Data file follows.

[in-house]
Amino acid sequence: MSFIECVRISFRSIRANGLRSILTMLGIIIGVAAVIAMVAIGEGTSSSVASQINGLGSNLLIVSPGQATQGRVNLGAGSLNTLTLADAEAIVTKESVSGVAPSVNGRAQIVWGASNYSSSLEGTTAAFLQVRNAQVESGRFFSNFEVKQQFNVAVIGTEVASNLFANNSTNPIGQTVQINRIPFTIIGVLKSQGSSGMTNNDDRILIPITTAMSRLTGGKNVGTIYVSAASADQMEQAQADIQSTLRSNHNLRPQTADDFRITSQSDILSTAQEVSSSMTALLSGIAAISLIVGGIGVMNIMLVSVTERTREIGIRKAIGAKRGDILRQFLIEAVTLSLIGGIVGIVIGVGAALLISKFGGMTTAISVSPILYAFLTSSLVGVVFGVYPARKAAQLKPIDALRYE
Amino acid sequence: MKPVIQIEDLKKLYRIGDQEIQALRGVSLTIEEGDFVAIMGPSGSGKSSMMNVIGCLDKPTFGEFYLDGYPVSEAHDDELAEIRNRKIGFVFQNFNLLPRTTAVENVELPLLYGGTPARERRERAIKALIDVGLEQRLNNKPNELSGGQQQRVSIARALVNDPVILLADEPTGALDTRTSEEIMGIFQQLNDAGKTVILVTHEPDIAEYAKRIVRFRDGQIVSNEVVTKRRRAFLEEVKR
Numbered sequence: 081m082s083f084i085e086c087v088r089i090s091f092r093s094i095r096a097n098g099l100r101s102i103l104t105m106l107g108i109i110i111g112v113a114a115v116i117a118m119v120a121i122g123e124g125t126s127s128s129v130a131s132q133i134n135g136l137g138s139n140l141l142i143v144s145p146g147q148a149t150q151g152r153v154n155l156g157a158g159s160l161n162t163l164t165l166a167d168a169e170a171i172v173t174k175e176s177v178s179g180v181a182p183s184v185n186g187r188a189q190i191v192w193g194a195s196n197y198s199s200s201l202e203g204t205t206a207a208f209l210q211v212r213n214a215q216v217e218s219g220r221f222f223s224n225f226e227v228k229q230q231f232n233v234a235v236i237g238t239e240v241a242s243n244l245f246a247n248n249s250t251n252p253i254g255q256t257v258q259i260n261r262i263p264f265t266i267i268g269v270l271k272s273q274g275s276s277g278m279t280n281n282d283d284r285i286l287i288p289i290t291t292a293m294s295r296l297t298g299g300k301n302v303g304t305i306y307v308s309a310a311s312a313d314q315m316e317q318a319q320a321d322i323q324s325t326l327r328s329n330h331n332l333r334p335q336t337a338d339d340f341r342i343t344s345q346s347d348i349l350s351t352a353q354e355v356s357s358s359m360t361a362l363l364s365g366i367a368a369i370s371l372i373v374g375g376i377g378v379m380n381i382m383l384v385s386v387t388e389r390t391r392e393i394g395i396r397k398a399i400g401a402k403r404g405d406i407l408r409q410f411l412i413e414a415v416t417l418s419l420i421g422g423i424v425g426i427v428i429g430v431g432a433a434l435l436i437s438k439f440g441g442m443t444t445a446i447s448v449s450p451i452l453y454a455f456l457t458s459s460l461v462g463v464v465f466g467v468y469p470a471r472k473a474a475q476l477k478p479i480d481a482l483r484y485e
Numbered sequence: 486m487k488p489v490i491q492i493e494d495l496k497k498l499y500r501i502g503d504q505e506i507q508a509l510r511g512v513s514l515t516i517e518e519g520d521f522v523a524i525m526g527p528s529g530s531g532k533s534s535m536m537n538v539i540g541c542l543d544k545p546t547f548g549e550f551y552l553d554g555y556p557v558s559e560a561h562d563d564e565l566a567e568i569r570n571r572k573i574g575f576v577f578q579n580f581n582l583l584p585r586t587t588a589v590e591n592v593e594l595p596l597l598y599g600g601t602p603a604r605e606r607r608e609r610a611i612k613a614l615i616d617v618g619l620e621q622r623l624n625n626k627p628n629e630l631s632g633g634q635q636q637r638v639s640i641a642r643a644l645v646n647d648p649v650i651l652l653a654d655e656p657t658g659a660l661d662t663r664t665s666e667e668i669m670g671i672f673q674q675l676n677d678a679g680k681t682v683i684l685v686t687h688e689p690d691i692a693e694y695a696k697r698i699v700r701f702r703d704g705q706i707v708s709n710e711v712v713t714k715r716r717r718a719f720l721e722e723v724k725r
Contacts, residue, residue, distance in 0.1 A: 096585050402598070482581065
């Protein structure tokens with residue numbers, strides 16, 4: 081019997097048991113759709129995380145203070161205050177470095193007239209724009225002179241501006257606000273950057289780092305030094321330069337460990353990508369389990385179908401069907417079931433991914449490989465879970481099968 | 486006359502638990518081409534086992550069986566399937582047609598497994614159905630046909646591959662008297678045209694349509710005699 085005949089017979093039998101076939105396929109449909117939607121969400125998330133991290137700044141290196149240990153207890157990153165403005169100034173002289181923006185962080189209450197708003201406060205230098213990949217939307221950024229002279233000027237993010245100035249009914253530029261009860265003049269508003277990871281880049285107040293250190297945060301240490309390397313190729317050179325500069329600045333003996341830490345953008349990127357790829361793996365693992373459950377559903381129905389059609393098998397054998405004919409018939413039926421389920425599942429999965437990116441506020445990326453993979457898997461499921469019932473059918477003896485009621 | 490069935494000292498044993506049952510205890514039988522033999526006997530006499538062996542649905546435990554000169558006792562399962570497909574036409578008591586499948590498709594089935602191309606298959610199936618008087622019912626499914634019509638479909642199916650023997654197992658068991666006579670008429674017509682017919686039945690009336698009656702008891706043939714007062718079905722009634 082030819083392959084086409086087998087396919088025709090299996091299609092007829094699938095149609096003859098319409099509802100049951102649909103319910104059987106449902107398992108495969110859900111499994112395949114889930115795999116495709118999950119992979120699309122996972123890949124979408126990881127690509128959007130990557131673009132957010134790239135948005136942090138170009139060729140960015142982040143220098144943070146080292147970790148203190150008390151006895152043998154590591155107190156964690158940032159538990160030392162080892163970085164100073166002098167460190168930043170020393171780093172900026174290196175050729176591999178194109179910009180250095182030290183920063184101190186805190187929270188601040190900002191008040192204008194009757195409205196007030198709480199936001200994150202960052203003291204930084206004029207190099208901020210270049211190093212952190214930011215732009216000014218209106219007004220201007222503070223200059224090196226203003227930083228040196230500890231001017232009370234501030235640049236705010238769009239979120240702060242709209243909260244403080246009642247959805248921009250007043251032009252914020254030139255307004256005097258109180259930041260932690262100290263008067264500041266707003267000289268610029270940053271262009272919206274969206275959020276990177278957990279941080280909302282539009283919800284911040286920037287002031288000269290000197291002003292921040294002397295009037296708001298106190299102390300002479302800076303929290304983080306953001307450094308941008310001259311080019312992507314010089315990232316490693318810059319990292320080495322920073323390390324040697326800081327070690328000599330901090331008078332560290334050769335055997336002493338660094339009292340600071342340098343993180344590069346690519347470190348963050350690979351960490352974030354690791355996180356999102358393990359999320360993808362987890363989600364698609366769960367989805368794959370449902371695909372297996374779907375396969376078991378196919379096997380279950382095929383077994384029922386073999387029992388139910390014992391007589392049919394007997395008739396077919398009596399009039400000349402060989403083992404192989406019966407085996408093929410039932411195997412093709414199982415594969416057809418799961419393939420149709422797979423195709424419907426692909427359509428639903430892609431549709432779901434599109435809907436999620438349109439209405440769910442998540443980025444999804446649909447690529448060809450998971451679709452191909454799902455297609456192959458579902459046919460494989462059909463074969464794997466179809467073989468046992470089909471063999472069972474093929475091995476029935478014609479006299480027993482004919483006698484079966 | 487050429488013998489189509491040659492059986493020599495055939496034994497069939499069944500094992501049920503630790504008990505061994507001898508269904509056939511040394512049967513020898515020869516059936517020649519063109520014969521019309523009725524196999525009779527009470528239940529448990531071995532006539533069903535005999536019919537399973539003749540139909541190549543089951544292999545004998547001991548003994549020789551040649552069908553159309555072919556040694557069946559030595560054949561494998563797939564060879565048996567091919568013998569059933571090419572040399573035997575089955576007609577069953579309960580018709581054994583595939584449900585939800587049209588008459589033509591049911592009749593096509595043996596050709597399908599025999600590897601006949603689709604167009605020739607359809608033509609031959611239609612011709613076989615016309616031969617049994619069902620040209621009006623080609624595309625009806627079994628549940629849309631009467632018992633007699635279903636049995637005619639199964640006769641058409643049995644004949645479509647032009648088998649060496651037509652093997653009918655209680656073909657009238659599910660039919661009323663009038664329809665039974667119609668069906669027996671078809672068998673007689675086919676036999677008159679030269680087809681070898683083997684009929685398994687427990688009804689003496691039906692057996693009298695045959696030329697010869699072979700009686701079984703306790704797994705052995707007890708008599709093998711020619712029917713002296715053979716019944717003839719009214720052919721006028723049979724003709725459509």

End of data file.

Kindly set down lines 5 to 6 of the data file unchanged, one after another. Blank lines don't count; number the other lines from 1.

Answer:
Numbered sequence: 486m487k488p489v490i491q492i493e494d495l496k497k498l499y500r501i502g503d504q505e506i507q508a509l510r511g512v513s514l515t516i517e518e519g520d521f522v523a524i525m526g527p528s529g530s531g532k533s534s535m536m537n538v539i540g541c542l543d544k545p546t547f548g549e550f551y552l553d554g555y556p557v558s559e560a561h562d563d564e565l566a567e568i569r570n571r572k573i574g575f576v577f578q579n580f581n582l583l584p585r586t587t588a589v590e591n592v593e594l595p596l597l598y599g600g601t602p603a604r605e606r607r608e609r610a611i612k613a614l615i616d617v618g619l620e621q622r623l624n625n626k627p628n629e630l631s632g633g634q635q636q637r638v639s640i641a642r643a644l645v646n647d648p649v650i651l652l653a654d655e656p657t658g659a660l661d662t663r664t665s666e667e668i669m670g671i672f673q674q675l676n677d678a679g680k681t682v683i684l685v686t687h688e689p690d691i692a693e694y695a696k697r698i699v700r701f702r703d704g705q706i707v708s709n710e711v712v713t714k715r716r717r718a719f720l721e722e723v724k725r
Contacts, residue, residue, distance in 0.1 A: 096585050402598070482581065